“Most people think of leadership as a position and therefore do not see themselves as leaders.”
Earlier this week, I was listening to a group of educators discuss something via one of the Voxer groups I belong to (if you do not have the Voxer app on your phone, I highly encourage it, both for personal use as well as potential professional use. See this helpful resource via @joe_mazza if interested in learning more). During the conversation, a first year teacher who I respect a great deal said something along the following lines when soliciting advice on her career path in education moving forward: “I love teaching but wonder if the higher up you go, the more influence you can have.” My first thought was that teaching is about as high up as one can go in terms of noble work. Moreover, I am confident I had much more direct influence where it matters most--in the lives of students--during my 18 years in the classroom than my past 13 as an administrator. Still, I completely understood what she was getting at: most of us who move from the classroom into administration do so in the hopes we can make an even greater difference in the lives of others through our work. Yet the more I contemplated this, the more I realized that today's teachers have the opportunity to yield more influence than ever before--not just with their kids, but with each other, with parents, with administrators, and with policy makers. I started thinking about some of the educators in my PLN who influence me significantly and realized that many who have influenced me most are classroom teachers.
In a post written last summer, I shared my belief that by definition, a teacher is a leader. This has never been more true in our profession than it is today. I could list scores of teachers who not only influence me on a daily basis, but also influence many other educators around the globe with the good work they are doing. Although they remain in the classroom, they do not limit their influence solely to the students they teach nor do they limit their work to the teaching they lead in their classrooms. They blog, write books, speak at events around the world, Tweet, and participate in webinars, podcasts, and GHOs. Let me share the names of five teachers from my PLN who have influenced me in any number of areas and helped me become a better educator:
- Jenna Shaw (@Teachbaltshaw). Jenna is a middle school language arts teacher in Baltimore. Jenna has influenced me in the areas of GAFE, 1:1 learning environments, and social emotional learning to name a few.
- Pernille Ripp (@pernilleripp). Pernille is a 7th grade teacher in Oregon, WI. Pernille has influenced me significantly in the area of reading, blogging, and “managing” student behavior.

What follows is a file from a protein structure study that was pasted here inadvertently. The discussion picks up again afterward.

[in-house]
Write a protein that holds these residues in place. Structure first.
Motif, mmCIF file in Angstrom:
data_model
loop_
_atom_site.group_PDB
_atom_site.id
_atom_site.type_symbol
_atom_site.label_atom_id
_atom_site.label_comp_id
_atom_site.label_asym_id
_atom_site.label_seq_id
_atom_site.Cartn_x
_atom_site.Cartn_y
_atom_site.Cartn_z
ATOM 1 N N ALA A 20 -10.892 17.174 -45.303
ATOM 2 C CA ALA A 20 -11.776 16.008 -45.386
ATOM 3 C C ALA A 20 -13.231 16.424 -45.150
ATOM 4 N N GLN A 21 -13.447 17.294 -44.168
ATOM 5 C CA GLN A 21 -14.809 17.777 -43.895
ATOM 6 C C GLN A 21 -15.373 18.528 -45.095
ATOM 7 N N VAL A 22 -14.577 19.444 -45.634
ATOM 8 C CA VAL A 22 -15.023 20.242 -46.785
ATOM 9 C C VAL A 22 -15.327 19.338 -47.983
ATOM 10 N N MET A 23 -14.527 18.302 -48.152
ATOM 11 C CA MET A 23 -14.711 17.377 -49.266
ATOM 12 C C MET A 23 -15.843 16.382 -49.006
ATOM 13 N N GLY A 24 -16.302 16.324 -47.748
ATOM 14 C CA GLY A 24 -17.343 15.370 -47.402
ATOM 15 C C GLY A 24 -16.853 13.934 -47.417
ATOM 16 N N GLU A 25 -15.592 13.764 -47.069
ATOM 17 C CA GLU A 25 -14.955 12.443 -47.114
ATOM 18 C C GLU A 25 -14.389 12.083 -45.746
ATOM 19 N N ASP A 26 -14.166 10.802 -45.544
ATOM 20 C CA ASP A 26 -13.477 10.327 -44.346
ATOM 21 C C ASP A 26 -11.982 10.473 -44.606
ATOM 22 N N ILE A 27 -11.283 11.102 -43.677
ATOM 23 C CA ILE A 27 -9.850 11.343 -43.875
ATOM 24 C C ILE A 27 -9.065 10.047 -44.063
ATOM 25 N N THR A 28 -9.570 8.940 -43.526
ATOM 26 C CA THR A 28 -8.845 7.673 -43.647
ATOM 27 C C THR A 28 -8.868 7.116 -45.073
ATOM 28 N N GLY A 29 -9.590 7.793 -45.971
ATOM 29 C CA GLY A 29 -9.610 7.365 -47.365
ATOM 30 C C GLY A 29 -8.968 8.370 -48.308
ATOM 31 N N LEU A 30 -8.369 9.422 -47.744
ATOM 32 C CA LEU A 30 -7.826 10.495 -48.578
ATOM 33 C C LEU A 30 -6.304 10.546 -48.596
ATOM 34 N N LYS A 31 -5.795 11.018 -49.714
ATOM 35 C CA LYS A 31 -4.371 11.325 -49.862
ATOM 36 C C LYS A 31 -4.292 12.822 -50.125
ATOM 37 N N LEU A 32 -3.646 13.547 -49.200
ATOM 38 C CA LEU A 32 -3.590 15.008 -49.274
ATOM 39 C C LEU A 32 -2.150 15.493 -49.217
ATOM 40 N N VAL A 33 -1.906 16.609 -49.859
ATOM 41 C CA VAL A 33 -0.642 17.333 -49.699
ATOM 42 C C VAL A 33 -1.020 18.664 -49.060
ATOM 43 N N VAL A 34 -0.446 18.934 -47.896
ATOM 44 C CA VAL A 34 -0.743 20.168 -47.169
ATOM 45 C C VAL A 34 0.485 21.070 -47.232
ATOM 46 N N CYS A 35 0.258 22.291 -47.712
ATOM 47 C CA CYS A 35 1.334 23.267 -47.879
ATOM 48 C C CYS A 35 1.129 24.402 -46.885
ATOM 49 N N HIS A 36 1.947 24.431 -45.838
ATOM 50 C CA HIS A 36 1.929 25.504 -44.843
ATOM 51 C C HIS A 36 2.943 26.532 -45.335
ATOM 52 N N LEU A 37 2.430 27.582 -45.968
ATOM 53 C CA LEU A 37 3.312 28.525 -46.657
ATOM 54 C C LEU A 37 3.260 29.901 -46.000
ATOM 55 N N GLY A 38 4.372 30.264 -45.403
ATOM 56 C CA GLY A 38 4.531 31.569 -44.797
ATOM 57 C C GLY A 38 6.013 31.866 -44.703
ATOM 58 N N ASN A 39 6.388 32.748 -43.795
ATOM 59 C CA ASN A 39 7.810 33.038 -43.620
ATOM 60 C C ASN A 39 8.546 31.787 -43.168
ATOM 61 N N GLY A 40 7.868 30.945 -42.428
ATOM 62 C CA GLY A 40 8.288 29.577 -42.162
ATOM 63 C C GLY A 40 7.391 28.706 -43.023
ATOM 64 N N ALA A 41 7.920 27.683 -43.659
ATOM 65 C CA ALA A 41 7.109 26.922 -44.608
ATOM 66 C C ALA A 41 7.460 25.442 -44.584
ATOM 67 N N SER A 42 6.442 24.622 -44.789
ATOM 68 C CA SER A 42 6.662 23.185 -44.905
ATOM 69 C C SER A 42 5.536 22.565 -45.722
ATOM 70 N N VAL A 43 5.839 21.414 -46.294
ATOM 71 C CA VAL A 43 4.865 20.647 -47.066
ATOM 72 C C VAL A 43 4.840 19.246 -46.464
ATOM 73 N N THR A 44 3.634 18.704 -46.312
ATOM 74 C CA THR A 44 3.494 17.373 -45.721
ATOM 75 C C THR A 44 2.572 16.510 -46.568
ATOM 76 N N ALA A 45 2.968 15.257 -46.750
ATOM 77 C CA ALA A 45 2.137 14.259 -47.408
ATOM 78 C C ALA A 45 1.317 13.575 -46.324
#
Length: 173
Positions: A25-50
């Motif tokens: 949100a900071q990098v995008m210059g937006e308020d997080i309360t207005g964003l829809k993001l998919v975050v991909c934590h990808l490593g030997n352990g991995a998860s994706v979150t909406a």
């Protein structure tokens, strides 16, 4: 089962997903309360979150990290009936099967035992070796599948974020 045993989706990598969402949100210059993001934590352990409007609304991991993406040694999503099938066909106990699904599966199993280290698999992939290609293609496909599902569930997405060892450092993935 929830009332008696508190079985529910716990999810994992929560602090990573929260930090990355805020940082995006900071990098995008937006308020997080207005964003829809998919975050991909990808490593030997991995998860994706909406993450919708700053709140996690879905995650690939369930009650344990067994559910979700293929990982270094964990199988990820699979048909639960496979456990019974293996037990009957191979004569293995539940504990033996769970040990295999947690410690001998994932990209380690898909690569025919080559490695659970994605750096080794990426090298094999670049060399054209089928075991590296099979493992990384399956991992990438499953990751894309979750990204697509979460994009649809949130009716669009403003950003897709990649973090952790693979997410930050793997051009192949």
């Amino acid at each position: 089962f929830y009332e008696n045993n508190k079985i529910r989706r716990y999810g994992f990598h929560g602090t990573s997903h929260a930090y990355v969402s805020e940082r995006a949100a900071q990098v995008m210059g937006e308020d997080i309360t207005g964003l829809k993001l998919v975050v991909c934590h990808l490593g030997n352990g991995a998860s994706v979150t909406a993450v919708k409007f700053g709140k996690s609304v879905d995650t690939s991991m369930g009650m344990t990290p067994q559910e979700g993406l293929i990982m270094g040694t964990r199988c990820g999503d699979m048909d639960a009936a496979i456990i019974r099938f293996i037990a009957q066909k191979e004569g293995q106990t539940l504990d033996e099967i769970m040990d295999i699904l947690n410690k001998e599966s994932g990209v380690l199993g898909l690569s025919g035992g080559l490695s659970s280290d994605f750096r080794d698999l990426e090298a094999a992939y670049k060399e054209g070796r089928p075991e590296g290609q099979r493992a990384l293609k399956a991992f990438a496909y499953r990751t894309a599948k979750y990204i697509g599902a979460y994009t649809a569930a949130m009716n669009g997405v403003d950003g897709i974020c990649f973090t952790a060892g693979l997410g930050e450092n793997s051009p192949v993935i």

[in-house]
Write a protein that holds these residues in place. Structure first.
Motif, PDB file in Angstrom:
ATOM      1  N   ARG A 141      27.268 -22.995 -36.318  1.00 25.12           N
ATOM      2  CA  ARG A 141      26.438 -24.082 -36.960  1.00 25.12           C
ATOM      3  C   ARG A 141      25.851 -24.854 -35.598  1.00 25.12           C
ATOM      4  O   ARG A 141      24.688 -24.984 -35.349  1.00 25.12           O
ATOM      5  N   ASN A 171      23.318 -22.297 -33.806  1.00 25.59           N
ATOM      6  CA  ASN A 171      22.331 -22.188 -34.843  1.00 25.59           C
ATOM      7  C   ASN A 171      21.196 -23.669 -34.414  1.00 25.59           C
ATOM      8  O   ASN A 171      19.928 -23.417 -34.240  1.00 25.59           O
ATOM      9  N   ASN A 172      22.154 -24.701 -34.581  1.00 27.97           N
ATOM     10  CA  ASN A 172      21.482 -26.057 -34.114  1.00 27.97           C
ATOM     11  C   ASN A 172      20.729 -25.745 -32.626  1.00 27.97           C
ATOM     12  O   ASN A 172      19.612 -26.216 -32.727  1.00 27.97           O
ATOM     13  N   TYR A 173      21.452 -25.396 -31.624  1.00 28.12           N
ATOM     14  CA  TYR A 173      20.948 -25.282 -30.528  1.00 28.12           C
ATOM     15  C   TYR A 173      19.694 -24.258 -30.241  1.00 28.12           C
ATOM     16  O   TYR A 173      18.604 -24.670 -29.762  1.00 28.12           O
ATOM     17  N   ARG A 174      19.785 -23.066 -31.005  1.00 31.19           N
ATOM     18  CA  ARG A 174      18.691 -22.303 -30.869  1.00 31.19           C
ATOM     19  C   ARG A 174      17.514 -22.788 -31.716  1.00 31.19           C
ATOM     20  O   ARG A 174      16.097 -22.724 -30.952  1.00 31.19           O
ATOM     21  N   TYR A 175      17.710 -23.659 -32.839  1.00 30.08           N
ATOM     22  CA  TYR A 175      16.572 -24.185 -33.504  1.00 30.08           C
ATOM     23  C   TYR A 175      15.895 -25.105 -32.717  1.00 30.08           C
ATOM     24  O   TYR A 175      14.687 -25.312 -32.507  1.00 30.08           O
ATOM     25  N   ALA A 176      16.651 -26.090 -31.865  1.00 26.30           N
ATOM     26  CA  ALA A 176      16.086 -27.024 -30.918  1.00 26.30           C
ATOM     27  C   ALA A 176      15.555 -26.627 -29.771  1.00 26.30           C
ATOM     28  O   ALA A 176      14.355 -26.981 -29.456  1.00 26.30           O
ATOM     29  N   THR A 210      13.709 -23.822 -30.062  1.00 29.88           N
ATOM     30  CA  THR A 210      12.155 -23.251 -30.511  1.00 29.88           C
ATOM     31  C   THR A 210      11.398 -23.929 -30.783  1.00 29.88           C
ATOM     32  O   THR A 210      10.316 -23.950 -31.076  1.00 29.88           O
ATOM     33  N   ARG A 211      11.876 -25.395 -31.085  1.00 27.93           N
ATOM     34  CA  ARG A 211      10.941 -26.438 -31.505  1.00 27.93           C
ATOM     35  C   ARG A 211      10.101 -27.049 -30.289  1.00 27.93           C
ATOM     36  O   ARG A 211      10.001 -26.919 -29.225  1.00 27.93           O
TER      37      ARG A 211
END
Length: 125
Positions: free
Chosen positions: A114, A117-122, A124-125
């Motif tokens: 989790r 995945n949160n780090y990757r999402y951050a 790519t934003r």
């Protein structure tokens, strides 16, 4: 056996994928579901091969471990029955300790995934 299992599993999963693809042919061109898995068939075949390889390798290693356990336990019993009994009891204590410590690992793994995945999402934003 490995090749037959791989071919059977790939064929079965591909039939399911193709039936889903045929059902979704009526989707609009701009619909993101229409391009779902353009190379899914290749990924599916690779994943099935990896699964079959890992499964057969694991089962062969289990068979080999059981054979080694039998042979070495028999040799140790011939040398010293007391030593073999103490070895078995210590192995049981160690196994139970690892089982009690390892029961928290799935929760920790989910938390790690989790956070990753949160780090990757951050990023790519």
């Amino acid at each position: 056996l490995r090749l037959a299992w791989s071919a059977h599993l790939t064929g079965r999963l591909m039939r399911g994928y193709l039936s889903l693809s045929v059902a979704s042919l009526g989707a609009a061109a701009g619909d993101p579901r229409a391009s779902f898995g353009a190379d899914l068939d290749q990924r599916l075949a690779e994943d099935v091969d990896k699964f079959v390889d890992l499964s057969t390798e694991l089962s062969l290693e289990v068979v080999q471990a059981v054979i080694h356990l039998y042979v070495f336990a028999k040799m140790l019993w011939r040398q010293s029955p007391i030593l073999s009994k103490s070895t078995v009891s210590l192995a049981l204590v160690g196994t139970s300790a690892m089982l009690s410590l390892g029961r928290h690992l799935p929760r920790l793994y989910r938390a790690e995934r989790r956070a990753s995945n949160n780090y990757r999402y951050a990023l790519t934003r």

- Erin Klein (@KleinErin). Erin is a 2nd Grade teacher in Michigan. Erin has influenced me in the areas of 21st century classroom learning environments, the maker movement, and tips for integrating technology into teaching.
- Paul Solarz (@PaulSolarz). Paul is a 5th Grade teacher in Arlington Heights, IL. Paul has influenced me in the areas of student-centered classrooms, genius hour, mystery Skype, and becoming a better writer to name but a few.
- Josh Stumpenhorst (@stumpteacher). Josh is a 6th Grade LA and Social Studies teacher in Naperville, IL. Josh has influenced me in many areas--most importantly in getting me connected to others via Twitter when I first embarked on that journey a few years ago.
If you are not following these amazing teachers/leaders on Twitter and through their blogs/books, I highly recommend doing so. These are five of my educational heroes, five people who know way more than any administrator on many, many topics, five people who are making a huge difference with kids in their own classrooms on a daily basis, five people who have revolutionized the way we teach and learn in our classrooms, five people who love their content, but love their students even more, five people who still--in addition to all the outside work they have done and recognition they have earned--spend the majority of their professional lives where it makes the biggest difference: in classrooms, teaching kids.
As additional evidence that teachers serve as our most influential educators, we have had a number of requests this year from educators in other districts hoping to observe our own teachers in action. To name just a few recent examples, we have had requests to observe our K-5 Spanish teachers, our 6-8 science teachers, our flipped math classrooms, our K-2 iPad classrooms, and our STEM Lab teachers! Not surprisingly, thus far no one has contacted us asking if they could spend the day observing me, or our outstanding superintendent, or our amazing human resources leader, or even our incredible CFO. These visitors know what we all know: Our classrooms are where we--not just our students--learn the most, and it is these places, and these people, they ask to come visit.
The world of education is changing rapidly in so many ways, some for the better and some not, perhaps. One change that is definitely an example of the former is the shift that has occurred allowing our true experts on teaching and learning--teachers themselves--to play the leading role in influencing the future of instruction in our country. To the many teachers who embrace this opportunity to extend their influence beyond the four walls of their classrooms, I salute you. Thank you for influencing not only your students, but also your fellow educators by sharing what you do and what you know; doing so is another way we Teach with Passion!